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  1. Could you provide a link so we can see exactly what the instructor is doing?
  2. I like your first idea, then perhaps a little cheese afterward, or maybe just a mug of barbajada.
  3. Thank you, Franci. That's all very helpful. One of my sources -- I forget which one -- also wrote about the potential black spots. I assume "strain it" means to discard the solids and use just the fat that makes it through the strainer, yes?
  4. Possibly. Still lots of time to decide. Would you serve it alongside the risotto, as with osso bucco, or would you have them be separate courses?
  5. Thanks, winedoc. I haven't seen any recipes that make use of celery. What you wrote about the broth makes sense. I also have the Silver Spoon cookbook; it's indeed an excellent reference.
  6. Tammy, is it Type 1 or Type 2 diabetes? What, exactly, are the acidic foods you're supposed to eliminate? (I assume you don't mean acid-producing foods, which is a whole 'nother animal, and a bogus one at that.) I imagine citrus and vinegar, but what else? After you reply, I'll post about "resistant starch."
  7. There are a couple of very brief topics that are only peripherally related to my questions -- a seven-post one from 2007 and a two-post one from 2012 -- so I'm not going to even bother with links here. I've made risotto many, many times, so I'm not asking about basic technique per se. About 5½ weeks from now (ergo, lots of time to figure this out), I want to make an authentic risotto alla Milanese, and I have some questions about it. I'm going to refer here to "classic" and "modern" recipes. "Classic" = three of my go-to dead-tree books from the 90s by Marcella Hazan, Lidia Bastianich, and Lynne Rossetto Kasper. "Modern" = web recipes from Mario Batali, Grace Parisi, and Anne Burrell, along with ones from Serious Eats, Williams-Sonoma, and Saveur. 1) To marrow or not to marrow? That is a question. Classic recipes say yes (although Kasper says she prefers hers without); modern recipes don't include it. Why the heck is that? I do have some very nice marrow bones at home, so that's not the issue, but I was wondering what, if anything, would be missing from the aroma and taste if I omitted it. 2) Hazan and Kasper add the marrow at the start, while cooking the onion; Bastianich adds it after the first ladle of stock has been absorbed. Any thoughts here? 3) Speaking of cooking the onion, there seems to be no clear preference in the recipes for olive oil, butter, or a mixture of butter and oil. Unsalted butter seems more appropriate to me. Do you have a preference? 4) And speaking of stock, Kasper uses poultry; Bastianich and Hazan use beef or meat stock. All of the modern recipes use chicken stock. Any thoughts about why that is? I imagine there's a not-insignificant difference in the taste of the final product. 5) All of the classic recipes hold back some stock in which to dissolve the saffron, then add this liquid part-way through the cooking process. All of the modern recipes, except for Parisi, dissolve the saffron in the big saucepan of stock before starting to add it to the rice. (Parisi crumbles the saffron and adds it to the wine in the pan, prior to adding any stock. Weird.) Any ideas why? Have people just gotten lazy over the past 20 years or does it truly not make a difference? Thanks!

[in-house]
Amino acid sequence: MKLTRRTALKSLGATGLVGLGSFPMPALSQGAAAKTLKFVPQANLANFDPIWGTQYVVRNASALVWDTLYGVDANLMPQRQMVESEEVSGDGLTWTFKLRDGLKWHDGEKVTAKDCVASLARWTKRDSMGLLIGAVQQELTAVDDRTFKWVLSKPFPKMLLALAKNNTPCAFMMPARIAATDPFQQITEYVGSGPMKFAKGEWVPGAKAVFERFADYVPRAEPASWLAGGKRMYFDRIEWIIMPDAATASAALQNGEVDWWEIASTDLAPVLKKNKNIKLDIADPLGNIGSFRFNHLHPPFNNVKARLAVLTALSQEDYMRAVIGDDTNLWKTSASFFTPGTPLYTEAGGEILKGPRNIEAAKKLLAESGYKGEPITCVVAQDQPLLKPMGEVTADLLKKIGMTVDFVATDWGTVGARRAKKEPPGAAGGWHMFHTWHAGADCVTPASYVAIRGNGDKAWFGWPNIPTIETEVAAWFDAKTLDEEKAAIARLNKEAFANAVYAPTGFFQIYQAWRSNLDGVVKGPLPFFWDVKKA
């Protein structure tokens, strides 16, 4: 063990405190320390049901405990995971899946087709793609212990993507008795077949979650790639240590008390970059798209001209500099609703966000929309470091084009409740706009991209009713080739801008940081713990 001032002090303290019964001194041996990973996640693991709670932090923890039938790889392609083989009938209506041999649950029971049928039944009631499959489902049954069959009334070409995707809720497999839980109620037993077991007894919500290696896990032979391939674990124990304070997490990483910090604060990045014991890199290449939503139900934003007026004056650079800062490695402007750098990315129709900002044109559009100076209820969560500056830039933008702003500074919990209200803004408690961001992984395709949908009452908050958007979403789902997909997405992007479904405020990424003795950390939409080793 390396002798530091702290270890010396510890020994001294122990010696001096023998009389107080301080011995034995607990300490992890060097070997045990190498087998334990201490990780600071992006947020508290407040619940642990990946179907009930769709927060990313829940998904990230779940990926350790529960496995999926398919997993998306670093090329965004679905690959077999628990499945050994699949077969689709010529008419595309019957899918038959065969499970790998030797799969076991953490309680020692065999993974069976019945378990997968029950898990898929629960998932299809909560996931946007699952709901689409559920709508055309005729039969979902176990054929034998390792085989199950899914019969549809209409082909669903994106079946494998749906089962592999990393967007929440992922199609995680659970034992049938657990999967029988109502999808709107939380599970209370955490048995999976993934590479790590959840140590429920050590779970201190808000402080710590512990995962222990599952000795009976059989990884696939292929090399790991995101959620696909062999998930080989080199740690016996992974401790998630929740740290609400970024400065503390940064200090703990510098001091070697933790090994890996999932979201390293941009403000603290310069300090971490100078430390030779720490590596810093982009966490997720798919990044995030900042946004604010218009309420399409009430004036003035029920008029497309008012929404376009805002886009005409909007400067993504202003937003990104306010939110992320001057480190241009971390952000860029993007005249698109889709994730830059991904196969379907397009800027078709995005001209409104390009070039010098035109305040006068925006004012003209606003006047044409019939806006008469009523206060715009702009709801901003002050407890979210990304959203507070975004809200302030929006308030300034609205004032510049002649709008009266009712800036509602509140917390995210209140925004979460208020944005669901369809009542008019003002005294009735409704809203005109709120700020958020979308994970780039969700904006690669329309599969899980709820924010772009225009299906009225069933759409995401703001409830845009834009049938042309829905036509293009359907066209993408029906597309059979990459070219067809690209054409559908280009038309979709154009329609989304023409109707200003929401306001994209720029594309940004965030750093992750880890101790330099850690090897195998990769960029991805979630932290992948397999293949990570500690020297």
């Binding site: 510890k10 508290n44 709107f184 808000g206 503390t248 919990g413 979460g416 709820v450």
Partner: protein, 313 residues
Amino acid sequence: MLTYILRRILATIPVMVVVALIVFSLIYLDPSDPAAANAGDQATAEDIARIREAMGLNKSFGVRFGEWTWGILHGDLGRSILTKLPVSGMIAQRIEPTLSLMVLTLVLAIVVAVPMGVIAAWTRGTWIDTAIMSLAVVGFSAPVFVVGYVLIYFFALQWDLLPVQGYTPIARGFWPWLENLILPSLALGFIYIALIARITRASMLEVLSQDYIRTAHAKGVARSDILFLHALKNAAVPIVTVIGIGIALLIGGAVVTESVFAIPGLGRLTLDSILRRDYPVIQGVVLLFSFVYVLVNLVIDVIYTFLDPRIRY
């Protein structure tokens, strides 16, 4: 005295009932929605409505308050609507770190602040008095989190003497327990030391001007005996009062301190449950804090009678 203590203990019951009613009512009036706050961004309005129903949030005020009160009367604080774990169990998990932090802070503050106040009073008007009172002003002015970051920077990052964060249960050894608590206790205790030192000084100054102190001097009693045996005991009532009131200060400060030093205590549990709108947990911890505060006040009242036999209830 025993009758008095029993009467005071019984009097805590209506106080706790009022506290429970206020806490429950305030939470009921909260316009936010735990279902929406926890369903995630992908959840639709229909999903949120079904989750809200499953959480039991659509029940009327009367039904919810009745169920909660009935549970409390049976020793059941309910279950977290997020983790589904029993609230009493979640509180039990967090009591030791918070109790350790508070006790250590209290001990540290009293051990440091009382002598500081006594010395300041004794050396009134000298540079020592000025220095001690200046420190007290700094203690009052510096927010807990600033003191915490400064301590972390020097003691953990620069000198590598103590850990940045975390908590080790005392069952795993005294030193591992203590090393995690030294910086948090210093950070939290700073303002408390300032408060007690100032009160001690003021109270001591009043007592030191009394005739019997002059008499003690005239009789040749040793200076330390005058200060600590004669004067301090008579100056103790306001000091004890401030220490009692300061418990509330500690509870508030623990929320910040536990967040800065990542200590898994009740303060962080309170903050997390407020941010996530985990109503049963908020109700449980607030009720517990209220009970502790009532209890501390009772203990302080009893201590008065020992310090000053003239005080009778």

8. Welcome, Miriam. It's always good to hear from my (long ago) home town. I'm curious -- have you thought about a formal course of study toward your goal of becoming a pastry chef? I'm sure NYC has some excellent programs. We're extremely fortunate here in GR that our community college's culinary program has an incredible professor for that part of the curriculum, Gilles Renusson. Here's his dessert list for this semester at the program's restaurant.
  9. Thanks for the heads-up, rro. I'm looking forward to it. And great timing (for me) -- I just finished reading Rice, Noodle, Fish: Deep Travels Through Japan's Food Culture. It's been nearly 30 years since I lived in Japan for a little while, in unagi country, and I still miss the food from time to time. People often are surprised when I tell them I enjoyed some of the best French cooking, ever, at a modest little place in Middle-of-Nowhere, Shizuoka-ken.
  10. My local supermarket runs special produce sales on Wednesdays. This past week, there was going to be a 6-oz clamshell of raspberries for 99 cents, but they couldn't get a shipment at all. (Literal) rainchecks were issued.
  11. Ants! Ive had enough!

    Enrobe them in chocolate
  12. What a bizzaro recipe! Mine -- which is basically Cook's Illustrated's -- has 200 g unsalted butter, 60 g unsweetened chocolate, 2 large eggs, 1 teaspoon (5 ml) vanilla extract, 2/3 US cup cake flour (Wondra brand), 1 US cup sugar (all caster or half caster, half light brown), 1/2 teaspoon baking powder, 1/4 teaspoon salt. Baking time is 25±5 minutes. I love Anna's trifle suggestion. My favorite trifle of all time was a special at Traffic Jam & Snug, in Detroit, way too many years ago: chocolate brownies or cake, cognac (I think), fresh pears, chantilly cream.
  13. Shipping Charges

    There's such variation in the basis and amount of the shipping charge, shopping around is usually your best strategy. As palo said, some places base it on weight, some on price. Some have free or fixed shipping no matter what, some with a particular minimum purchase, some with a coupon. I always check coupon/sale information sites like retailmenot, flamingoworld, and rather-be-shopping. I also recommend registering at eBates.
  14. It's gumbo night! Paul Prudhomme's recipe (including his quick roux). Locally made andouille from the good folks at Crane Dance Farm.